“She’s here? Right on.” But before heading out the door, Jake went over to tell his mother, “I’m just going to step outside for a bit.”

“The rules are that you need to stay indoors,” she said.

“No mom,” Abby said, knowing the disdain Melissa held for all things religious, “I think it would be better if he had this conversation outside.”

Despite putting up some resistance initially, Jake agreed to cut his hair and shave before the funeral. He only did it to please his grieving mother, because while part of him fed off of the negative attention, he recognized that his father’s funeral and the week-long shiva wasn’t the best atmosphere. The conformist hair style also meant that he didn’t have to put up with the questions and the judgement as often. It also meant that relatives who hadn’t seen him for a long time had a better chance of recognizing him. It made a lot of things easier, except for his reunion with his girlfriend.

Melissa hardly recognized the clean-shaven man running toward her when she got out of the van. She figured it out in time to let him hug her, but she pushed away when he reached in to kiss her.

“What happened to your hair?” she asked.

“It’ll grow back,” he said. “I only did it for the funeral.”

“Oh no,” she said, changing her tone from accusation to sympathy. “That means he did die. I’m so sorry.”

“He’s one with the universe now.”

“So when is the funeral happening?” Melissa asked.

“That happened yesterday already.”

“Okay, well then are you ready to go?”

“No,” Jake said, gesturing toward the house. “We’re sitting shiva. I want you to come in and meet everyone.”

“What the hell is that?” Melissa asked, reverting back to accusation.

“Shiva is beautiful,” Jake said with the enthusiasm of someone who had discovered something for the first time. “It’s a Jewish thing where the immediate family of the person who died stays in the same house for a week while friends and family come visit.”

“But you’re not Jewish anymore, and your new family is waiting for you on the road. Have you sold out that quickly?”

“Nothing has changed, Moon Child,” he said. “Listen to me. I am still a child of the universe, I just have to take care of a few things here first. My dad wanted me to go back to school, and he set money aside so that I could do that. He also wants my brothers and me and take over the store. It’s a lot to think about, and I want you to stay and help me decide.”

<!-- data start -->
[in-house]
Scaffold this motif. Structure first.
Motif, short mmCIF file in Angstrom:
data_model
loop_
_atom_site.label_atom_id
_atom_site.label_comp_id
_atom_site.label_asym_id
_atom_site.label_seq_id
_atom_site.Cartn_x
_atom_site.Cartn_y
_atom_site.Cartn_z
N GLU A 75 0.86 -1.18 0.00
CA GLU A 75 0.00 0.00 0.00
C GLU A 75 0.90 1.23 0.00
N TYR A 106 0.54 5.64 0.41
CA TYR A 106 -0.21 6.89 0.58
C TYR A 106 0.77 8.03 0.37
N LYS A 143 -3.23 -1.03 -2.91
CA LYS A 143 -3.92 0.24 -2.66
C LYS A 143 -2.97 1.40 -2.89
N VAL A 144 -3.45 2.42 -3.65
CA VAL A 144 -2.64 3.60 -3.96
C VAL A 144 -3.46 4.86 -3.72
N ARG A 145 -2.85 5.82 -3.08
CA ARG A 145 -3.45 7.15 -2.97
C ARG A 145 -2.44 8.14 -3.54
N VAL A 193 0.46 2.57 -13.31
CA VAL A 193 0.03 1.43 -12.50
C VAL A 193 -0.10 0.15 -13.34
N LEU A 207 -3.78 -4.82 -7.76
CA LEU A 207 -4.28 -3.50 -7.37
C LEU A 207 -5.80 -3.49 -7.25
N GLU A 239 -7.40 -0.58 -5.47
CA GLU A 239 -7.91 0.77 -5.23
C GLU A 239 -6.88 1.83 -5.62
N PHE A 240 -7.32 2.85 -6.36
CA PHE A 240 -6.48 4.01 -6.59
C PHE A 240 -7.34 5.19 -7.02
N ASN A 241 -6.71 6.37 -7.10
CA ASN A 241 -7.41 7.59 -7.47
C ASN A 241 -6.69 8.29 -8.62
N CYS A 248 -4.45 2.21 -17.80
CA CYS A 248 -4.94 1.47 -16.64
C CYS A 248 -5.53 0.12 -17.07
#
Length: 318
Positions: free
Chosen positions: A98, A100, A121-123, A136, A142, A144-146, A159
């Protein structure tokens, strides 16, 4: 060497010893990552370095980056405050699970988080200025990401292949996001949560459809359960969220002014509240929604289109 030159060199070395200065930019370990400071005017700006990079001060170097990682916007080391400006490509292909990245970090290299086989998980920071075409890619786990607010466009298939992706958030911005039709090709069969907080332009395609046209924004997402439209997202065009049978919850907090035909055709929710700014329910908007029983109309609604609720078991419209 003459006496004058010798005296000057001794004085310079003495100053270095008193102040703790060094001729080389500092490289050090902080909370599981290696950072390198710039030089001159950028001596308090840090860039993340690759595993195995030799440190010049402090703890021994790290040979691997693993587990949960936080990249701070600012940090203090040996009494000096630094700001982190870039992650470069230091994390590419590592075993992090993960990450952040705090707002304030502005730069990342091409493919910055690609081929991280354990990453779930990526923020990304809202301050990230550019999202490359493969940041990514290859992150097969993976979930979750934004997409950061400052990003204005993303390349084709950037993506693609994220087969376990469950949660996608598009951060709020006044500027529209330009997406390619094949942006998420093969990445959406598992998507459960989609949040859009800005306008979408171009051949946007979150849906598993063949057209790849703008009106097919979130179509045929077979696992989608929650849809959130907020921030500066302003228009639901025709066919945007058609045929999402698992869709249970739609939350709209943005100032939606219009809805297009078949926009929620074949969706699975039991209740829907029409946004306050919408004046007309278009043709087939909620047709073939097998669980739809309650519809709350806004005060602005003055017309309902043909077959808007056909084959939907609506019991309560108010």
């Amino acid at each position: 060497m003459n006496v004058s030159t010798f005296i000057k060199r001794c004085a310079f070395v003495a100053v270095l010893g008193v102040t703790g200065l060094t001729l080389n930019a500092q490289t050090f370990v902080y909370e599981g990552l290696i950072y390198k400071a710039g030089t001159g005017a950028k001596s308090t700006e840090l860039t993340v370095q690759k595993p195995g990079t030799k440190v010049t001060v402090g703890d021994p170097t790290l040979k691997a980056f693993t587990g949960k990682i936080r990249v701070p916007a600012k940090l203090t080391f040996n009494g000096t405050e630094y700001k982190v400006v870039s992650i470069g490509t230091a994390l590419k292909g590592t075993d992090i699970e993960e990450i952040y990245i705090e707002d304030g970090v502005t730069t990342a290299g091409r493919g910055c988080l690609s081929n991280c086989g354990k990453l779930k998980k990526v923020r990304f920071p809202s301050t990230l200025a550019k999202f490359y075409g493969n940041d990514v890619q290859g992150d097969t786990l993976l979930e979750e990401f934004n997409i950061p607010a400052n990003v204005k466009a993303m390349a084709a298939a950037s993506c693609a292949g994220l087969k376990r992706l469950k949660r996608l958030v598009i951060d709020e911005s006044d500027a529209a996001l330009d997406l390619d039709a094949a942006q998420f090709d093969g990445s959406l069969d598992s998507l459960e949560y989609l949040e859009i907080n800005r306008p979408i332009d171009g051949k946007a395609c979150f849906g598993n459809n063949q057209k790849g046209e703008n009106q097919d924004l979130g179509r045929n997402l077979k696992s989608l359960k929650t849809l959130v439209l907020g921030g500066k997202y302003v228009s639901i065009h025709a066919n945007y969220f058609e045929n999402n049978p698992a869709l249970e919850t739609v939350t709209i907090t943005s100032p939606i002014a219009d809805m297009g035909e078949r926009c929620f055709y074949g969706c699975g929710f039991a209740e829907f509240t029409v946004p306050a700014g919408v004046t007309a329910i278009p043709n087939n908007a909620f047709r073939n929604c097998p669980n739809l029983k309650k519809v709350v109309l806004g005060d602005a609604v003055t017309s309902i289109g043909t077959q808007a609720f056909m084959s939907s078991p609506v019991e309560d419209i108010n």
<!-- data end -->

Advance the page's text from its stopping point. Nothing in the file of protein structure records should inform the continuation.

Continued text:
“Don’t you see? That’s how the man works! He dangles a little carrot in front of you until you take it, then he offers a bigger carrot, and pretty soon your just another heartless corporate drone spewing out the same soul-sucking agenda as everyone else.”

“Nothing has to change,” Jake insisted. “I’m starting to think that this might be a better way to carry out the plan. Just come inside. I want you to meet my mom.”

“I don’t think I can, baby. I’m going to go back to the rest of the group. You need to figure some things out.”

Melissa kissed Jake and climbed back into the van. He just stood there as she drove away.

It would be another month before she came back, but by then he was already registered at the University and she was dating somebody else. Jake took the news well, but still needed someone to talk to about it. Abby, who was living at home and helping their mom manage the pharmacy, was the only one who felt sorry for him that things ended with Melissa the way that they did. But Jake hardly had time to worry about an old girlfriend, what with classes and the family business to oversee. Soon the only remnant of his past life was the van he insisted Melissa give back to him, and despite the insistence of his mother and brothers, he refused to have it repainted.